This content will be only briefly reviewed as part of the year 12 course.
Representing vectors in the plane by directed line segments
1.2.1 examine examples of vectors, including displacement and velocity
1.2.2 define and use the magnitude and direction of a vector
1.2.3 represent a scalar multiple of a vector
1.2.4 use the triangle and parallelogram rules to find the sum and difference of two vectors
Algebra of vectors in the plane
1.2.5 use ordered pair notation and column vector notation to represent a vector
1.2.6 define unit vectors and the perpendicular unit vectors i and j
1.2.7 express a vector in component form using the unit vectors i and j
1.2.8 examine and use addition and subtraction of vectors in component form
1.2.9 define and use multiplication of a vector by a scalar in component form
1.2.10 define and use scalar (dot) product
1.2.11 apply the scalar product to vectors expressed in component form
1.2.12 examine properties of parallel and perpendicular vectors and determine if two vectors are parallel or perpendicular
1.2.13 define and use projection of vectors
1.2.14 solve problems involving displacement, force and velocity involving the above concepts
The algebra of vectors in three dimensions
3.3.1 review the concepts of vectors from Unit 1 and extend to three dimensions, including introducing the unit vectors i, j and k
3.3.2 prove geometric results in the plane and construct simple proofs in 3 dimensions
Vector and Cartesian equations
3.3.3 introduce Cartesian coordinates for three dimensional space, including plotting points and equations of spheres
3.3.4 use vector equations of curves in two or three dimensions involving a parameter and determine a â€˜correspondingâ€™ Cartesian equation in the two-dimensional case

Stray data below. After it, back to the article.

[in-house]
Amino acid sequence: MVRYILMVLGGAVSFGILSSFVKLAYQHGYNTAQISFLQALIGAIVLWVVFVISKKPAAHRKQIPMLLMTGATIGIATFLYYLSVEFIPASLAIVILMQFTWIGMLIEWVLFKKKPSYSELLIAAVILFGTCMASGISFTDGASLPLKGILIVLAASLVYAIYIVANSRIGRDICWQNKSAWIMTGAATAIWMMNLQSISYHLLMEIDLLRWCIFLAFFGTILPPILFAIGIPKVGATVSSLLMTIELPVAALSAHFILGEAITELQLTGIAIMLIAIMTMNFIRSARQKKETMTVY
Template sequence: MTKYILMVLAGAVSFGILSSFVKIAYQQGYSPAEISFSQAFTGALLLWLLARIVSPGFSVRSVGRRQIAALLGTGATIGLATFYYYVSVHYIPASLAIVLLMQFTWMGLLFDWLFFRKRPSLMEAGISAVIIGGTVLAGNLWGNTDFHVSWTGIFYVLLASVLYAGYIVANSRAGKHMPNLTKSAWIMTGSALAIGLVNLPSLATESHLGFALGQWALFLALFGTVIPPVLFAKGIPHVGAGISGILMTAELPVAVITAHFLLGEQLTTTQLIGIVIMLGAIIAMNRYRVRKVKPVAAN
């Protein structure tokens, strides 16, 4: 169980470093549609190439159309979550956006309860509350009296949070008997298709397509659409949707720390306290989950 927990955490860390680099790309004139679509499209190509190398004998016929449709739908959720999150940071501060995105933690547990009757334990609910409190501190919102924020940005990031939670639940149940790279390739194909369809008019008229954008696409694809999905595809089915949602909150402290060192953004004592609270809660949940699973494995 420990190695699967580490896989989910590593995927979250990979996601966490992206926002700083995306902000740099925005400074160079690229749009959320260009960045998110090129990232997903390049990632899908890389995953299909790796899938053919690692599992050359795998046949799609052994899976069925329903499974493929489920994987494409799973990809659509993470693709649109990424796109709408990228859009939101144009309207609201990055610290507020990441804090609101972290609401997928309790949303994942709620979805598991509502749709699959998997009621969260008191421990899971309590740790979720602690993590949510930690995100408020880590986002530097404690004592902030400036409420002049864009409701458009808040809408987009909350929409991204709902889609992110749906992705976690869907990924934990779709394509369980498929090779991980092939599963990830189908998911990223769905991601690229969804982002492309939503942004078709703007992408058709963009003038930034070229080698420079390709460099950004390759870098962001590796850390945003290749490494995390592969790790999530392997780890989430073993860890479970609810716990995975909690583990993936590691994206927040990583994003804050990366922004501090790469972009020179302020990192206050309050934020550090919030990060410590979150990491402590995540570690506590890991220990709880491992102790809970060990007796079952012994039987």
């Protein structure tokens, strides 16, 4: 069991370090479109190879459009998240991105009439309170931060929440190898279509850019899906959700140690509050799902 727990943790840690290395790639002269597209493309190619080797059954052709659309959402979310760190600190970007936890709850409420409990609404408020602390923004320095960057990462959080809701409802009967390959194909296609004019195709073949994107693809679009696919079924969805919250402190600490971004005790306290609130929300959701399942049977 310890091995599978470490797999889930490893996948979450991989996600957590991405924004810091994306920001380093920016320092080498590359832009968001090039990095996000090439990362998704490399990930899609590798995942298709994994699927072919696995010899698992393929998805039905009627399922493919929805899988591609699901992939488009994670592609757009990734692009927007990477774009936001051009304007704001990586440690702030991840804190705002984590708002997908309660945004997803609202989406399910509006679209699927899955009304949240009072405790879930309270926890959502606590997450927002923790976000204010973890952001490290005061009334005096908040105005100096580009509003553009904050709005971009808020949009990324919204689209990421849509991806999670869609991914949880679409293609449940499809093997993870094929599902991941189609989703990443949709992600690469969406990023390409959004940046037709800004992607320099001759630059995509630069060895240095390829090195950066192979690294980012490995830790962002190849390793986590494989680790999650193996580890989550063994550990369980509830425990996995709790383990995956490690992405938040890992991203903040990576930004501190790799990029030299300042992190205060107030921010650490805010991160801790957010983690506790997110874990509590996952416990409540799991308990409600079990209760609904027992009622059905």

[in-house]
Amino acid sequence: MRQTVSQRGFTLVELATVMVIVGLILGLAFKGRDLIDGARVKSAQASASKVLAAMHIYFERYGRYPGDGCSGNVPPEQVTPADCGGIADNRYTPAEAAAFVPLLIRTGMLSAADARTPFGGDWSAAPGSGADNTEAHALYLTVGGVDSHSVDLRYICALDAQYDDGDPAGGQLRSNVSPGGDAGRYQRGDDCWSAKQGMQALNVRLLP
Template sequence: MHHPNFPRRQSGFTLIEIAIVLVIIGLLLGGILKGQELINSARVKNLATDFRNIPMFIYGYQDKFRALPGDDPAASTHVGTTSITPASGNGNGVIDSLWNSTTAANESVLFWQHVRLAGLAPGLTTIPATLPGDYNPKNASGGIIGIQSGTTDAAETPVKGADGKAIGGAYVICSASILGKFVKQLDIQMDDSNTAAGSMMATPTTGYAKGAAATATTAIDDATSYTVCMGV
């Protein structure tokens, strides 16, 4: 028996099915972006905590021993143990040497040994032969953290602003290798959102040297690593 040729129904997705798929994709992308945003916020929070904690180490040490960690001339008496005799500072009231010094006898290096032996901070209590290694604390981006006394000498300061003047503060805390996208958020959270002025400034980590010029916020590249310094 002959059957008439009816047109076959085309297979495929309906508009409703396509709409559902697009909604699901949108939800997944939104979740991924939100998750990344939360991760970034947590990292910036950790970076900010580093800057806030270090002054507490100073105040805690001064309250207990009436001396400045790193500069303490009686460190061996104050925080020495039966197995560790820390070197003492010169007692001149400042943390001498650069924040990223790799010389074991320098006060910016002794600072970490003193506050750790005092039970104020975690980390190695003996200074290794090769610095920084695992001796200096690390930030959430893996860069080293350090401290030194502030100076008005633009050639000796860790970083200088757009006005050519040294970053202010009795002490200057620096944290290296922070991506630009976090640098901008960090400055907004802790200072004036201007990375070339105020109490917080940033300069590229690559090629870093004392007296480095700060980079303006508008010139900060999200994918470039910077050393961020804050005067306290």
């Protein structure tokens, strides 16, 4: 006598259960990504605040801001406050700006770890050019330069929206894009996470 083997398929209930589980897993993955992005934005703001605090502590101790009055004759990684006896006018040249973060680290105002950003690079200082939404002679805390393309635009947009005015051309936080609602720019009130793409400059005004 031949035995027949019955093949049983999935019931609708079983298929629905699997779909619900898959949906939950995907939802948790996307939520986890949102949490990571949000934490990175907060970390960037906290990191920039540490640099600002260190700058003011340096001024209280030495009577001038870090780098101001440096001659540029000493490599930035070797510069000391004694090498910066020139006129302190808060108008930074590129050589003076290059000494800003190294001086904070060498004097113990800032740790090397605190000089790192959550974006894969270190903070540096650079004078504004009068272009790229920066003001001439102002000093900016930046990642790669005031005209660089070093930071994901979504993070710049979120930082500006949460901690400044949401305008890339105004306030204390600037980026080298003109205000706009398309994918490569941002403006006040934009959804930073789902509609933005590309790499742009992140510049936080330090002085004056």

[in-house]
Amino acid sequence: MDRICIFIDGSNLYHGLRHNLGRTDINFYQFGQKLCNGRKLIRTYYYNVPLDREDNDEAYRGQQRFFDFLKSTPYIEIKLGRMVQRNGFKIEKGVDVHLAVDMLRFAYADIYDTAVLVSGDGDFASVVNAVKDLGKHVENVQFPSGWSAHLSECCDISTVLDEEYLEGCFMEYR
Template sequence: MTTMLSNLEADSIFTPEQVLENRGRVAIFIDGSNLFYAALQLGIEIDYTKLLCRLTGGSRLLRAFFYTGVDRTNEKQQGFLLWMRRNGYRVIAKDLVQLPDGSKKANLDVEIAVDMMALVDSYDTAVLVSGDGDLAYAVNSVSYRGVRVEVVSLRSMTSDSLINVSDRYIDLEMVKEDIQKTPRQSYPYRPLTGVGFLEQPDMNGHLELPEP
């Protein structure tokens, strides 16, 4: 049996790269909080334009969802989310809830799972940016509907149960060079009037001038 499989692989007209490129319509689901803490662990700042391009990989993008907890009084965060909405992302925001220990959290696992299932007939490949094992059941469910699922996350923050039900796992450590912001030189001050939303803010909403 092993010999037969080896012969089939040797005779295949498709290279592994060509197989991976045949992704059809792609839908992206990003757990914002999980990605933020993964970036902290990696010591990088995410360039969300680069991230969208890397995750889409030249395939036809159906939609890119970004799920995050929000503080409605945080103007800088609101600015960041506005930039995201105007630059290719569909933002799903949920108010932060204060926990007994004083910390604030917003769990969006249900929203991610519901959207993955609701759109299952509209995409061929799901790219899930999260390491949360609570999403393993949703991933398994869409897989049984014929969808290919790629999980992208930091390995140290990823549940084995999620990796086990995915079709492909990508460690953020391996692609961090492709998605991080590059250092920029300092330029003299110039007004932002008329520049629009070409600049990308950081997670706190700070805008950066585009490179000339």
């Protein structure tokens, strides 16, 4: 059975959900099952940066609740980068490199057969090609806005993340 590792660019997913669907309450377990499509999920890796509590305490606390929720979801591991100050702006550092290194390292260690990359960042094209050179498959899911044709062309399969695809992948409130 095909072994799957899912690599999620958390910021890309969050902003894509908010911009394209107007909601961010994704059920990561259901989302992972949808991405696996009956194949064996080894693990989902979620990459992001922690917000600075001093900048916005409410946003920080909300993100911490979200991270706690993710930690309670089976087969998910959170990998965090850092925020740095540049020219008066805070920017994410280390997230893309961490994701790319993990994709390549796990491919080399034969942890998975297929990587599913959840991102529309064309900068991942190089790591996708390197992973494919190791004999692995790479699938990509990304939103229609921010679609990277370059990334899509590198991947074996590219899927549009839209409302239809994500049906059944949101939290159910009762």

3.3.5 determine a vector equation of a straight line and straight line segment, given the position of two points or equivalent information, in both two and three dimensions
3.3.6 examine the position of two particles, each described as a vector function of time, and determine if their paths cross or if the particles meet
3.3.7 use the cross product to determine a vector normal to a given plane
3.3.8 determine vector and Cartesian equations of a plane
Systems of linear equations
3.3.9 recognise the general form of a system of linear equations in several variables, and use elementary techniques of elimination to solve a system of linear equations
3.3.10 examine the three cases for solutions of systems of equations â€“ a unique solution, no solution, and infinitely many solutions â€“ and the geometric interpretation of a solution of a system of equations with three variables
3.3.11 consider position vectors as a function of time
3.3.12 derive the Cartesian equation of a path given as a vector equation in two dimensions, including ellipses and hyperbolas
3.3.13 differentiate and integrate a vector function with respect to time
3.3.14 determine equations of motion of a particle travelling in a straight line with both constant and variable acceleration
3.3.15 apply vector calculus to motion in a plane, including projectile and circular motion
4. Vector Equation of a Plane (including normal/dot product form for equations of lines in 2D and planes in 3D, and including cross product.)
Determining whether paths cross or if particles intercept each other is clearly part of the syllabus. Interception and Closest Approach problems are extensions of these ideas that may be encountered even though they are not explicitly mentioned in the syllabus.
Prezi: Vector Applications